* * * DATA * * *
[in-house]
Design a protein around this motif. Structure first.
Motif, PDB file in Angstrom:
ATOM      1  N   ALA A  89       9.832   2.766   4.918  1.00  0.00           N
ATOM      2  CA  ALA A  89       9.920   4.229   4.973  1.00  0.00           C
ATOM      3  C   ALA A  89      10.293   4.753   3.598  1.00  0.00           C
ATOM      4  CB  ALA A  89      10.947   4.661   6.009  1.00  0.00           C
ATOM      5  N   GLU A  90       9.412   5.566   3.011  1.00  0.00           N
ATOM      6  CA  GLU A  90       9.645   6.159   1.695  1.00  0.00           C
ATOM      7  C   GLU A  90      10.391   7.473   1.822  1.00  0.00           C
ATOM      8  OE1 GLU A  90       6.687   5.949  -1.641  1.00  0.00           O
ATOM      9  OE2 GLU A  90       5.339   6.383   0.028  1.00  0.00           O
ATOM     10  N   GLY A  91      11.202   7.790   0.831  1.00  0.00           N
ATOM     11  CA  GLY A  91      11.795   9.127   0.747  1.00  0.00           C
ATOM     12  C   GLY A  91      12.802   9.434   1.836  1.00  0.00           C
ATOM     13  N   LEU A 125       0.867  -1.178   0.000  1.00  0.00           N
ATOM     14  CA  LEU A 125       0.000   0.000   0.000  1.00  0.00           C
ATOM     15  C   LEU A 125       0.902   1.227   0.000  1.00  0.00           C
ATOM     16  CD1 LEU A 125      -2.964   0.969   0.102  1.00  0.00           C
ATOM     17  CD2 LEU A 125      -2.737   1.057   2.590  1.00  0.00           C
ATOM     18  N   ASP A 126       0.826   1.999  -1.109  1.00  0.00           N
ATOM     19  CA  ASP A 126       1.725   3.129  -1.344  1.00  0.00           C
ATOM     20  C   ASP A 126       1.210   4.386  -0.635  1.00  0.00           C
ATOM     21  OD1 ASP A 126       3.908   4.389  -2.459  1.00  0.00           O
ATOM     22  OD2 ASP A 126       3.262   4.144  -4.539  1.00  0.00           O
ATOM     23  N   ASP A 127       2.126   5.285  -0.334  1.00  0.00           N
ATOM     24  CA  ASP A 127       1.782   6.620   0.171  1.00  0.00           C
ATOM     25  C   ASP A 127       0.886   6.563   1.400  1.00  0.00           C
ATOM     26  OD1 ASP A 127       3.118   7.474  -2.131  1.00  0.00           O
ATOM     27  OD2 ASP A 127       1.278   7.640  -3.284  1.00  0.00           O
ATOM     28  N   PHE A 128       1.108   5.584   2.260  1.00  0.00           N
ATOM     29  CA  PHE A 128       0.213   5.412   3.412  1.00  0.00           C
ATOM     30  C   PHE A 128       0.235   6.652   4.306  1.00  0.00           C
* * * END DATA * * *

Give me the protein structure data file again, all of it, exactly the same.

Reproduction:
[in-house]
Design a protein around this motif. Structure first.
Motif, PDB file in Angstrom:
ATOM      1  N   ALA A  89       9.832   2.766   4.918  1.00  0.00           N
ATOM      2  CA  ALA A  89       9.920   4.229   4.973  1.00  0.00           C
ATOM      3  C   ALA A  89      10.293   4.753   3.598  1.00  0.00           C
ATOM      4  CB  ALA A  89      10.947   4.661   6.009  1.00  0.00           C
ATOM      5  N   GLU A  90       9.412   5.566   3.011  1.00  0.00           N
ATOM      6  CA  GLU A  90       9.645   6.159   1.695  1.00  0.00           C
ATOM      7  C   GLU A  90      10.391   7.473   1.822  1.00  0.00           C
ATOM      8  OE1 GLU A  90       6.687   5.949  -1.641  1.00  0.00           O
ATOM      9  OE2 GLU A  90       5.339   6.383   0.028  1.00  0.00           O
ATOM     10  N   GLY A  91      11.202   7.790   0.831  1.00  0.00           N
ATOM     11  CA  GLY A  91      11.795   9.127   0.747  1.00  0.00           C
ATOM     12  C   GLY A  91      12.802   9.434   1.836  1.00  0.00           C
ATOM     13  N   LEU A 125       0.867  -1.178   0.000  1.00  0.00           N
ATOM     14  CA  LEU A 125       0.000   0.000   0.000  1.00  0.00           C
ATOM     15  C   LEU A 125       0.902   1.227   0.000  1.00  0.00           C
ATOM     16  CD1 LEU A 125      -2.964   0.969   0.102  1.00  0.00           C
ATOM     17  CD2 LEU A 125      -2.737   1.057   2.590  1.00  0.00           C
ATOM     18  N   ASP A 126       0.826   1.999  -1.109  1.00  0.00           N
ATOM     19  CA  ASP A 126       1.725   3.129  -1.344  1.00  0.00           C
ATOM     20  C   ASP A 126       1.210   4.386  -0.635  1.00  0.00           C
ATOM     21  OD1 ASP A 126       3.908   4.389  -2.459  1.00  0.00           O
ATOM     22  OD2 ASP A 126       3.262   4.144  -4.539  1.00  0.00           O
ATOM     23  N   ASP A 127       2.126   5.285  -0.334  1.00  0.00           N
ATOM     24  CA  ASP A 127       1.782   6.620   0.171  1.00  0.00           C
ATOM     25  C   ASP A 127       0.886   6.563   1.400  1.00  0.00           C
ATOM     26  OD1 ASP A 127       3.118   7.474  -2.131  1.00  0.00           O
ATOM     27  OD2 ASP A 127       1.278   7.640  -3.284  1.00  0.00           O
ATOM     28  N   PHE A 128       1.108   5.584   2.260  1.00  0.00           N
ATOM     29  CA  PHE A 128       0.213   5.412   3.412  1.00  0.00           C
ATOM     30  C   PHE A 128       0.235   6.652   4.306  1.00  0.00           C